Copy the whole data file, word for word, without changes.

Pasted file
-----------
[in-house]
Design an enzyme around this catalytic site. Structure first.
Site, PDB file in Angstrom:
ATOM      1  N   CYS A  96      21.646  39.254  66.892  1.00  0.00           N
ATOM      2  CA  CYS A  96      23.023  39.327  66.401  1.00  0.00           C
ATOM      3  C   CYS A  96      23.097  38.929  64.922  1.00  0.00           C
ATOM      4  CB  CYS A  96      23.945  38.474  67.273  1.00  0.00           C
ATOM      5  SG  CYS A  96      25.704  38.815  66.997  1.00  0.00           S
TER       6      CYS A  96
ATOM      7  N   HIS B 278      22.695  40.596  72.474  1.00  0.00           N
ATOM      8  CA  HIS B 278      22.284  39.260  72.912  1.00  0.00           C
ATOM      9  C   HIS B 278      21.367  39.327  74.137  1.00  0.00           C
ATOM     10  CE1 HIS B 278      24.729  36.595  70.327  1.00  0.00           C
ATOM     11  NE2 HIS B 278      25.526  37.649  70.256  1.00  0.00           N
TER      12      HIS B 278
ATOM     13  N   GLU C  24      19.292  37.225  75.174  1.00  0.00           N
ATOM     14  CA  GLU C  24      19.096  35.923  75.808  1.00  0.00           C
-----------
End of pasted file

[in-house]
Design an enzyme around this catalytic site. Structure first.
Site, PDB file in Angstrom:
ATOM      1  N   CYS A  96      21.646  39.254  66.892  1.00  0.00           N
ATOM      2  CA  CYS A  96      23.023  39.327  66.401  1.00  0.00           C
ATOM      3  C   CYS A  96      23.097  38.929  64.922  1.00  0.00           C
ATOM      4  CB  CYS A  96      23.945  38.474  67.273  1.00  0.00           C
ATOM      5  SG  CYS A  96      25.704  38.815  66.997  1.00  0.00           S
TER       6      CYS A  96
ATOM      7  N   HIS B 278      22.695  40.596  72.474  1.00  0.00           N
ATOM      8  CA  HIS B 278      22.284  39.260  72.912  1.00  0.00           C
ATOM      9  C   HIS B 278      21.367  39.327  74.137  1.00  0.00           C
ATOM     10  CE1 HIS B 278      24.729  36.595  70.327  1.00  0.00           C
ATOM     11  NE2 HIS B 278      25.526  37.649  70.256  1.00  0.00           N
TER      12      HIS B 278
ATOM     13  N   GLU C  24      19.292  37.225  75.174  1.00  0.00           N
ATOM     14  CA  GLU C  24      19.096  35.923  75.808  1.00  0.00           C